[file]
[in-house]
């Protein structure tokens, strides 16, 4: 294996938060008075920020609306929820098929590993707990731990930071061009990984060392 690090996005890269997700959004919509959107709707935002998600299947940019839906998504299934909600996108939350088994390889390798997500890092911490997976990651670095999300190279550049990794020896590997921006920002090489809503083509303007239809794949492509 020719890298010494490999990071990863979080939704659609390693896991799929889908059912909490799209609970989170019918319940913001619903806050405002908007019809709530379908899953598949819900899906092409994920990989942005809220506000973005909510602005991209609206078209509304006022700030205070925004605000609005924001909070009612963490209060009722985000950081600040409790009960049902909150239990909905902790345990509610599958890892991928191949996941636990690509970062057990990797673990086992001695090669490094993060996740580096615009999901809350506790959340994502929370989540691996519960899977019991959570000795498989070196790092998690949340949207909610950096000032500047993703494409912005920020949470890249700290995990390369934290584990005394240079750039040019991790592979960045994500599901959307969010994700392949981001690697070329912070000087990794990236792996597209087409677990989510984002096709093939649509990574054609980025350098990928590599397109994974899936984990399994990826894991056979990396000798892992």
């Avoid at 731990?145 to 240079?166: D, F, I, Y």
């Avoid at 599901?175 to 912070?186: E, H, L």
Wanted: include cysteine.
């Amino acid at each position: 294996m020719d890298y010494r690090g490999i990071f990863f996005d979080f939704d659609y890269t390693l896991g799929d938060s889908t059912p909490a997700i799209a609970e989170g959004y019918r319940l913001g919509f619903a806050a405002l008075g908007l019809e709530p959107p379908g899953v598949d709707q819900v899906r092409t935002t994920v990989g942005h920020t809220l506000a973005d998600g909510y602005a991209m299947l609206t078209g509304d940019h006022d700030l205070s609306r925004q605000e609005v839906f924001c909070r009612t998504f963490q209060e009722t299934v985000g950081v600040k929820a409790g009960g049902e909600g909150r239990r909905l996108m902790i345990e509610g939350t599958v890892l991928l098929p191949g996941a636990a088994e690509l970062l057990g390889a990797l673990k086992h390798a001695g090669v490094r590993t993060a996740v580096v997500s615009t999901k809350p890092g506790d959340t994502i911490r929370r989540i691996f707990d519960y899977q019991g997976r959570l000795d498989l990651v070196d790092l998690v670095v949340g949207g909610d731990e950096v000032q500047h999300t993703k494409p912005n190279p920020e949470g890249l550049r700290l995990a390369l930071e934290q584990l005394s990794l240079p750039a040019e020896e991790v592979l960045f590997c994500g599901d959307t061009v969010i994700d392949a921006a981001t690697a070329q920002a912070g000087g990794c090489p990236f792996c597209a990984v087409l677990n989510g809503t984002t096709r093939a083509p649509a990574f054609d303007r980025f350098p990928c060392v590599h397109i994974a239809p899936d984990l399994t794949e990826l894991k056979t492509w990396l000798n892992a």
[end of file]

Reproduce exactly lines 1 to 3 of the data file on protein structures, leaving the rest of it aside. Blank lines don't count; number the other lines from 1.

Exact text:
[in-house]
């Protein structure tokens, strides 16, 4: 294996938060008075920020609306929820098929590993707990731990930071061009990984060392 690090996005890269997700959004919509959107709707935002998600299947940019839906998504299934909600996108939350088994390889390798997500890092911490997976990651670095999300190279550049990794020896590997921006920002090489809503083509303007239809794949492509 020719890298010494490999990071990863979080939704659609390693896991799929889908059912909490799209609970989170019918319940913001619903806050405002908007019809709530379908899953598949819900899906092409994920990989942005809220506000973005909510602005991209609206078209509304006022700030205070925004605000609005924001909070009612963490209060009722985000950081600040409790009960049902909150239990909905902790345990509610599958890892991928191949996941636990690509970062057990990797673990086992001695090669490094993060996740580096615009999901809350506790959340994502929370989540691996519960899977019991959570000795498989070196790092998690949340949207909610950096000032500047993703494409912005920020949470890249700290995990390369934290584990005394240079750039040019991790592979960045994500599901959307969010994700392949981001690697070329912070000087990794990236792996597209087409677990989510984002096709093939649509990574054609980025350098990928590599397109994974899936984990399994990826894991056979990396000798892992």
């Avoid at 731990?145 to 240079?166: D, F, I, Y």